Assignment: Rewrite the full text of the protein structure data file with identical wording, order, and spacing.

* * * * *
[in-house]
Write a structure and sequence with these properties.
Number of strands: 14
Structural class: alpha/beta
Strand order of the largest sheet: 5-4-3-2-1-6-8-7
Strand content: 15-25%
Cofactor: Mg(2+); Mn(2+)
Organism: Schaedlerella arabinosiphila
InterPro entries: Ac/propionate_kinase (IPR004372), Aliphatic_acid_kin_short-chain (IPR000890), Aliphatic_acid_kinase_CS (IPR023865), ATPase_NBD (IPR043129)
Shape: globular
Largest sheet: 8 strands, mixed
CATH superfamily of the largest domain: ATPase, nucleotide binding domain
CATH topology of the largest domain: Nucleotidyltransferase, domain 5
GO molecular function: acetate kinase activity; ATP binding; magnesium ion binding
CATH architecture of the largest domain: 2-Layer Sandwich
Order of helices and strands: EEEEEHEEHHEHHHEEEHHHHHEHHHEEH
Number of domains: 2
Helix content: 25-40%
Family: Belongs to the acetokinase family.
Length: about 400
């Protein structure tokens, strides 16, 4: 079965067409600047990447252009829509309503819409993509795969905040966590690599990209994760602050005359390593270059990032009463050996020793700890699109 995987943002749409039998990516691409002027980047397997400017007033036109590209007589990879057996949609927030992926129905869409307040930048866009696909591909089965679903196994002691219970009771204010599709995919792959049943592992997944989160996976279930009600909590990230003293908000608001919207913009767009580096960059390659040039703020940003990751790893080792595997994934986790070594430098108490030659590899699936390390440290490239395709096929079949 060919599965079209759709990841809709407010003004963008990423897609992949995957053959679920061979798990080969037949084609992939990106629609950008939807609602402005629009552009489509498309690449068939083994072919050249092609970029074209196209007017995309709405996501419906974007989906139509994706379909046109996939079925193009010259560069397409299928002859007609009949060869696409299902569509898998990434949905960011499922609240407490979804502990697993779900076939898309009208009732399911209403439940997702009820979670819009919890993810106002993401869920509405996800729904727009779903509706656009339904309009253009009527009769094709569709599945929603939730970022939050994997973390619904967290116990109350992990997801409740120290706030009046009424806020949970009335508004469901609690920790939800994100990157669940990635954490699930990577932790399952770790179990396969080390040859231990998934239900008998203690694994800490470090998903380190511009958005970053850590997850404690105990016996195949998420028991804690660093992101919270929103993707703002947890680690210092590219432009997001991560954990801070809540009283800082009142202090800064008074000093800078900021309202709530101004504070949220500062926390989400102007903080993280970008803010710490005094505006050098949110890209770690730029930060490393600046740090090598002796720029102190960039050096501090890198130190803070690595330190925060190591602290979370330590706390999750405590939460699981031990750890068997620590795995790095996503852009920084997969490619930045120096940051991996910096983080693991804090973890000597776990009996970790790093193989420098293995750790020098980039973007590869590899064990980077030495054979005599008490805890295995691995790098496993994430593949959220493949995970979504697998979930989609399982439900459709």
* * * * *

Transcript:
[in-house]
Write a structure and sequence with these properties.
Number of strands: 14
Structural class: alpha/beta
Strand order of the largest sheet: 5-4-3-2-1-6-8-7
Strand content: 15-25%
Cofactor: Mg(2+); Mn(2+)
Organism: Schaedlerella arabinosiphila
InterPro entries: Ac/propionate_kinase (IPR004372), Aliphatic_acid_kin_short-chain (IPR000890), Aliphatic_acid_kinase_CS (IPR023865), ATPase_NBD (IPR043129)
Shape: globular
Largest sheet: 8 strands, mixed
CATH superfamily of the largest domain: ATPase, nucleotide binding domain
CATH topology of the largest domain: Nucleotidyltransferase, domain 5
GO molecular function: acetate kinase activity; ATP binding; magnesium ion binding
CATH architecture of the largest domain: 2-Layer Sandwich
Order of helices and strands: EEEEEHEEHHEHHHEEEHHHHHEHHHEEH
Number of domains: 2
Helix content: 25-40%
Family: Belongs to the acetokinase family.
Length: about 400
């Protein structure tokens, strides 16, 4: 079965067409600047990447252009829509309503819409993509795969905040966590690599990209994760602050005359390593270059990032009463050996020793700890699109 995987943002749409039998990516691409002027980047397997400017007033036109590209007589990879057996949609927030992926129905869409307040930048866009696909591909089965679903196994002691219970009771204010599709995919792959049943592992997944989160996976279930009600909590990230003293908000608001919207913009767009580096960059390659040039703020940003990751790893080792595997994934986790070594430098108490030659590899699936390390440290490239395709096929079949 060919599965079209759709990841809709407010003004963008990423897609992949995957053959679920061979798990080969037949084609992939990106629609950008939807609602402005629009552009489509498309690449068939083994072919050249092609970029074209196209007017995309709405996501419906974007989906139509994706379909046109996939079925193009010259560069397409299928002859007609009949060869696409299902569509898998990434949905960011499922609240407490979804502990697993779900076939898309009208009732399911209403439940997702009820979670819009919890993810106002993401869920509405996800729904727009779903509706656009339904309009253009009527009769094709569709599945929603939730970022939050994997973390619904967290116990109350992990997801409740120290706030009046009424806020949970009335508004469901609690920790939800994100990157669940990635954490699930990577932790399952770790179990396969080390040859231990998934239900008998203690694994800490470090998903380190511009958005970053850590997850404690105990016996195949998420028991804690660093992101919270929103993707703002947890680690210092590219432009997001991560954990801070809540009283800082009142202090800064008074000093800078900021309202709530101004504070949220500062926390989400102007903080993280970008803010710490005094505006050098949110890209770690730029930060490393600046740090090598002796720029102190960039050096501090890198130190803070690595330190925060190591602290979370330590706390999750405590939460699981031990750890068997620590795995790095996503852009920084997969490619930045120096940051991996910096983080693991804090973890000597776990009996970790790093193989420098293995750790020098980039973007590869590899064990980077030495054979005599008490805890295995691995790098496993994430593949959220493949995970979504697998979930989609399982439900459709």